#42 2 years ago
    Quoted from Mitch:

    So in theory then I could use acid from a old car battery to clean alkaline damage off a circuit board?

    Yes, but sulfuric acid from a car battery is runny like water.

    The SnoBowl is thick gel that stays right where you put it.

    5 months later
    #43 1 year ago

    I went to the store today to buy some acidic toilet bowl cleaner and the only kind I could find with acid was this Lysol Brand. I don't know what % of acid it should be.
    Can anyone tell me if this will work ok?

    Edit: In case you can't see the ingredients, it says, 9.50% hydrochloric acid

    20170708_181421 (resized).jpg
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    #44 1 year ago

    If it's fizzing, it's working.

    (and it will kill 99% of all of your viruses too)

    #45 1 year ago
    Quoted from vid1900:

    If it's fizzing, it's working.
    (and it will kill 99% of all of your viruses too)

    Yes it did fizz some but not like crazy. I put it on and rinsed twice, this is the results.
    Because I don't have experience in circuit board repair I am going to try it without replacing the sockets.
    it may have already been mentioned, but is there a good way to clean out the pin holes in the sockets? looks like there is still a little crud in some of the holes.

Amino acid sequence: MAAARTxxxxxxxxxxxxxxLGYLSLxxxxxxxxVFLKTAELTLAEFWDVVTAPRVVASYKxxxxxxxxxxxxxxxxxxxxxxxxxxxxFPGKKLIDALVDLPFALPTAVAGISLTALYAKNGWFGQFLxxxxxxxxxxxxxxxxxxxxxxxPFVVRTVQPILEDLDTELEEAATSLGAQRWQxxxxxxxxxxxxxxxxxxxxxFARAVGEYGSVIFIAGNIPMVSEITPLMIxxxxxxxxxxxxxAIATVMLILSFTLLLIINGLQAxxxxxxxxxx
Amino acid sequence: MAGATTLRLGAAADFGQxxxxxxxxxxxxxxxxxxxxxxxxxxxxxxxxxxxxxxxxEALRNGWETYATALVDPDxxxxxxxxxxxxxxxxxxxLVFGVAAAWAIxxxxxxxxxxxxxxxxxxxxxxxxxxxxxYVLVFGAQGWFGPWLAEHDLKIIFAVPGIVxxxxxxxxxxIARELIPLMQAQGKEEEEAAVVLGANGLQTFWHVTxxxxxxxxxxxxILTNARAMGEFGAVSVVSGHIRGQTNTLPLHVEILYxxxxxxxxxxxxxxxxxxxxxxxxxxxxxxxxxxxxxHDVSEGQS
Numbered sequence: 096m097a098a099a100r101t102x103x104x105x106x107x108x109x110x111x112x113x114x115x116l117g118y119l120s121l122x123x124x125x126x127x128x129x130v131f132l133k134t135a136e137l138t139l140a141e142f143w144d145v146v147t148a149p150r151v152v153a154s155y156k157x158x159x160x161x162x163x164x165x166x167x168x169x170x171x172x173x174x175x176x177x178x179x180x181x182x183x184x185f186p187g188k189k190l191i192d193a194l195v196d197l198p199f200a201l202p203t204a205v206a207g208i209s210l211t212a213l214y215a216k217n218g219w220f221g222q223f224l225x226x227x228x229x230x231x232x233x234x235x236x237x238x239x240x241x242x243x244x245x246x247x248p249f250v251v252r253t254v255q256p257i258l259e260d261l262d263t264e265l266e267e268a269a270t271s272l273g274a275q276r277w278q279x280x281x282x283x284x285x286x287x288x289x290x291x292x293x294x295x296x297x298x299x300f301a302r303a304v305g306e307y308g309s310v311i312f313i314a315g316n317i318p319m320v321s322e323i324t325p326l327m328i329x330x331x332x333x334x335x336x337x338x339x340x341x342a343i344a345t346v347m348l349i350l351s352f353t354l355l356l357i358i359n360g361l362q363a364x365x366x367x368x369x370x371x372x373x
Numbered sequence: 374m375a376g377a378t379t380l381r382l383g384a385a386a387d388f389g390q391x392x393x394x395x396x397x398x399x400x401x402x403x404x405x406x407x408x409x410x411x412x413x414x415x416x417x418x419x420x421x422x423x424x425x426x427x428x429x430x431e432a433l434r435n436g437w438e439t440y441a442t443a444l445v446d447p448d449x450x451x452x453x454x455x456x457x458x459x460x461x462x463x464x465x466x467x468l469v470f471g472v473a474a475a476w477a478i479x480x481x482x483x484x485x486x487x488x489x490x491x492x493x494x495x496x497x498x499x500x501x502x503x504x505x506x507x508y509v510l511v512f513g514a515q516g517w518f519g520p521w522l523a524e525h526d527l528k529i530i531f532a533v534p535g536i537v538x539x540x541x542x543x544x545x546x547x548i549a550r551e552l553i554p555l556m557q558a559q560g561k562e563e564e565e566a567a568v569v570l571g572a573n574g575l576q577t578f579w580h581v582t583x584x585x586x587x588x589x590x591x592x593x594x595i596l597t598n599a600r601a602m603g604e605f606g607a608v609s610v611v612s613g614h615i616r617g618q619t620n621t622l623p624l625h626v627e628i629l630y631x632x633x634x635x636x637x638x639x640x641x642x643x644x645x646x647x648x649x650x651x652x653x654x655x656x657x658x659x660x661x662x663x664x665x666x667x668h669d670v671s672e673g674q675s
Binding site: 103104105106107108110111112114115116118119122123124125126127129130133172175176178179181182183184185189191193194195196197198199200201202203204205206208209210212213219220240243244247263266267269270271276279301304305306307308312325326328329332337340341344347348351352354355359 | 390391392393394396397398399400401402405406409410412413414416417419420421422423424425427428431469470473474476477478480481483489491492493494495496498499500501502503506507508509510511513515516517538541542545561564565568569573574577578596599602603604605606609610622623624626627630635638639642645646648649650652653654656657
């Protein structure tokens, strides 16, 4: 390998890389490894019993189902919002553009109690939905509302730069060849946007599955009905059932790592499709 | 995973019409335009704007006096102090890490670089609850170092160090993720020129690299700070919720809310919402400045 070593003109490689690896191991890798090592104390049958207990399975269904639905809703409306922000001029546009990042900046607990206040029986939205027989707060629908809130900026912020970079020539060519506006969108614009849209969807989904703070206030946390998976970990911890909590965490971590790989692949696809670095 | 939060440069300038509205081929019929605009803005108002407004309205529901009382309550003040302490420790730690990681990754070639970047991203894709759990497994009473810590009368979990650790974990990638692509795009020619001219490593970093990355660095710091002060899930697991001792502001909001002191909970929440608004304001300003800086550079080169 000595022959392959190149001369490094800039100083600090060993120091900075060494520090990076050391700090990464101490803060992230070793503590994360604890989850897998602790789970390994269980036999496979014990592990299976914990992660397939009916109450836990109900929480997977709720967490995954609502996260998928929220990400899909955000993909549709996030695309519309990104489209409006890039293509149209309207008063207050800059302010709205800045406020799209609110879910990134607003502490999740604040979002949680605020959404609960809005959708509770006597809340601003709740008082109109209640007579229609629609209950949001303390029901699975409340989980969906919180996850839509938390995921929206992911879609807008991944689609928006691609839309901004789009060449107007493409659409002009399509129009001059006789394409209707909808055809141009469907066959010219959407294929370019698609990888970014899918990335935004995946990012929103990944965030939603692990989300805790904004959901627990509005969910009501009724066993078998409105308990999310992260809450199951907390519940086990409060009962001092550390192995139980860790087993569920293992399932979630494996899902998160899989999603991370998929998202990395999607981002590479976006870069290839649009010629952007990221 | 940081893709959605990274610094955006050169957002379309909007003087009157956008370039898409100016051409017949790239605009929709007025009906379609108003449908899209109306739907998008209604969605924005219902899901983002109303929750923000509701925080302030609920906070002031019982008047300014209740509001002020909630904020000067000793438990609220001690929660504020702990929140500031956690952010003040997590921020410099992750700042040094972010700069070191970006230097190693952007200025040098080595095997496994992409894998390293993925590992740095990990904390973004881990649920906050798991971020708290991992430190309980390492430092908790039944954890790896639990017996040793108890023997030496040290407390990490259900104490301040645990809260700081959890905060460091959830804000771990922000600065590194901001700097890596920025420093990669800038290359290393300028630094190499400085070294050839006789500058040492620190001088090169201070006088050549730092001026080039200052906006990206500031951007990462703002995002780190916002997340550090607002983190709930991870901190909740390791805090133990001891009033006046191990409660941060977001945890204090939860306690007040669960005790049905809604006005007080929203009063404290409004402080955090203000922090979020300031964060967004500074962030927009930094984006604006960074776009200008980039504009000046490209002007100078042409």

does it look like it cleaned up good enough to try?

    cpuboard2 (resized).jpg

    cpuboard1 (resized).jpg

    cpuboard (resized).jpg

    #46 1 year ago

    Those sockets are destroyed. They must be replaced. Send it out if you are not experienced enough to do it without trace damage.

    #47 1 year ago

    Yeh those sockets are shot. There's no fixing them and should be replaced.

    #48 1 year ago
    Quoted from KenLayton:

    Yeh those sockets are shot. There's no fixing them and should be replaced.

    There is an Ebayer who goes by "Classicgameparts" and has posted an ad for Williams System 3 combo repair to refurbish the CPU, driver board and power supply for $235.00 plus $14.50 shipping.
    Have you ever heard of this guy or know anybody that has used his services?
    Also, wondering if there are hidden charges that will be applied once he has the boards?

    #49 1 year ago

    Also, I cleaned up the 40 pin connector on the driver board and thought it cleaned up pretty nice and would probably be ok until I started looking at more closely after I cleaned it...I guess I broke off about 3 of the female connectors while I was cleaning it with the bowl cleaner and a soft wire brush.

    connecor1 (resized).jpg

    connector (resized).jpg

    #50 1 year ago

    what adds to your problem is that the IC sockets have been replaced once before the battery leaked. people that work on these boards very often know what the expect from the factory soldered stuff. adding the unknown socket rework quality and then battery damage on top of that makes it really sketchy .

    *edit*

    2nd look at your pictures.... while you have removed the corrosion, your interconnect is still damaged. The connector plating has been stripped off. Need replaced.